Opinion: Saudi Arabia's continued imprisonment of Raif Badawi is shameful - By Ensaf Haidar

Opinion: Saudi Arabia's continued imprisonment of Raif Badawi is shameful - By Ensaf Haidar

Article by Ensaf Haidar printed in The Montreal Gazette.

Any environment hostile to humans quickly becomes hellish. Saudi Arabia is the land of a million clerics, the only country in the world where women are barred from driving and where rights are repressed in the name of religion. It is a country ruled by Islamic law that states that any one who deviates from it should be killed.


My husband Raif Badawi was jailed for expressing his opinion. His espousal of liberalism was reason enough for the Saudi judiciary to see fit to sentence him to a decade in prison and 1,000 lashes.

The Islamic courts, a long-gone vestige of Islamic fascism, have been revived in the era of the sponsor of intra-religious dialogue, the Saudi ruler, who spends millions to polish Saudi Arabia’s image in the foreign press. Saudi Arabia sends emissaries all over the world in order to promote a false notion of openness and forgiveness that do not square with the dozens of prisoners of conscience and political prisoners within the country, including Raif Badawi.

In Austria, the Saudi government has established a centre for religious and civilizational dialogue, which has remained silent throughout the application of archaic Shariah-based punishments, such as Raif’s sentencing to 1,000 lashes. This led the Austrian chancellor Werner Faymann to describe it as a “centre of silence,” and demand that the Austrian government extricate itself from the partnership. Raif has a daughter under seven, who has been waiting for her father to come from work for three years.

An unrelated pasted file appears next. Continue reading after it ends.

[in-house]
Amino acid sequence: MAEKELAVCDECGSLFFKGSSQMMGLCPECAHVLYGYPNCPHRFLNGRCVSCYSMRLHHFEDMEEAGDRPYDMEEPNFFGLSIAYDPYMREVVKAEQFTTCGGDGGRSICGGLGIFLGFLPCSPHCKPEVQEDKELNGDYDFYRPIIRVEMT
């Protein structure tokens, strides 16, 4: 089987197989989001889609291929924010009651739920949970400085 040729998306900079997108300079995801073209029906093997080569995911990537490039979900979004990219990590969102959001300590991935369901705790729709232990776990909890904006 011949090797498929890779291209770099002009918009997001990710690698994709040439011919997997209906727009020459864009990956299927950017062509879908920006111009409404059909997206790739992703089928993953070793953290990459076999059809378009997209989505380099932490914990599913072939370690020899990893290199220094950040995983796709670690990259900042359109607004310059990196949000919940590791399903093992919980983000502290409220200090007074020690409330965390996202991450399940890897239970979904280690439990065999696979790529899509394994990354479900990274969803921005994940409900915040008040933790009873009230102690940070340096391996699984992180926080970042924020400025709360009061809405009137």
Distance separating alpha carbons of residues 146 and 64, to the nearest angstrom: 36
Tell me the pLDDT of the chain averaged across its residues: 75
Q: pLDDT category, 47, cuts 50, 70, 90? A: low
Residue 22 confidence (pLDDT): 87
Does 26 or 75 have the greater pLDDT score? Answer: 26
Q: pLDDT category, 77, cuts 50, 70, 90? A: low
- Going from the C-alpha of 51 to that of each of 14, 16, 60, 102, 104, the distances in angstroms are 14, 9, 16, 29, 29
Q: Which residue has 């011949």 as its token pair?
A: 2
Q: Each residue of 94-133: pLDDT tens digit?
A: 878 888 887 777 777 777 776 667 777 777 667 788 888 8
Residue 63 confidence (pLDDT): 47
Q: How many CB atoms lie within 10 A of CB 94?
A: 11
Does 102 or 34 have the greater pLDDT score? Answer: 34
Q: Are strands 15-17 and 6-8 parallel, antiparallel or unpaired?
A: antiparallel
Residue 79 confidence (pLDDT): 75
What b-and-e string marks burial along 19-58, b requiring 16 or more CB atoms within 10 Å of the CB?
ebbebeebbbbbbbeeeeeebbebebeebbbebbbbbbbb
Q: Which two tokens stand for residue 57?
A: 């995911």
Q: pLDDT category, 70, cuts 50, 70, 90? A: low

As the United States leads the international community into increased military confrontation against the terrorist Islamic State, we must also be asking questions about the organization’s loyalties: to whom does IS look to for ideological support? What is the religious jurisprudence upon which IS bases itself? Is it useful to attack the organization militarily without looking to the causes of its actual and ideological formations? Finally, and most crucially, does IS represent Islam?

All of these are significant and pressing questions. In my opinion, discussing them in an attempt to manage and contain them is more important than military intervention. Here, of course, I am talking specifically about the way the Muslim religion is used politically. In my view, IS does represent Islam in its ideological and political branches. I would argue that the everyday, peaceful Muslim who rejects all the crime and barbarity of this Islam and believes in everyone’s right to life is merely an individual saying that IS doesn’t represent him, but when Islamic teaching is used to justify the acts of IS, no one can really argue that IS does not, in some sense, represent Islam.

ISIS, which whips and kills in the name of religion, does not differ from Saudi Arabia in their shared adoption of these barbaric religious dictates. Saudi Arabia, too, uses beheading and flogging as punishments under Shariah law. It is shameful that the nations that profess to be allied against terrorism nevertheless co-operate with states like the kingdom of Saudi Arabia.

In October, Raif Badawi won PEN Canada’s One Humanity award. A month later, he won the Netizen Prize from Reporters without Borders, then an Aikenhead award from the Scottish Secular Society. Most recently, he has received the Courage Award from the Geneva Summit for Human Rights and Democracy, and a Freedom of Speech award from the German Deutsche Welle foundation. He has also been nominated for a Nobel Peace Prize by two Norwegian members of Parliament.

These nominations and prizes send a clear message to the rulers of Saudi Arabia that its continued imprisonment of Badawi is shameful, especially as the kingdom now claims to be playing a leadership role in the fight against terror and the Islamic State.

Ensaf Haidar is an author and the wife of blogger Raif Badawi.

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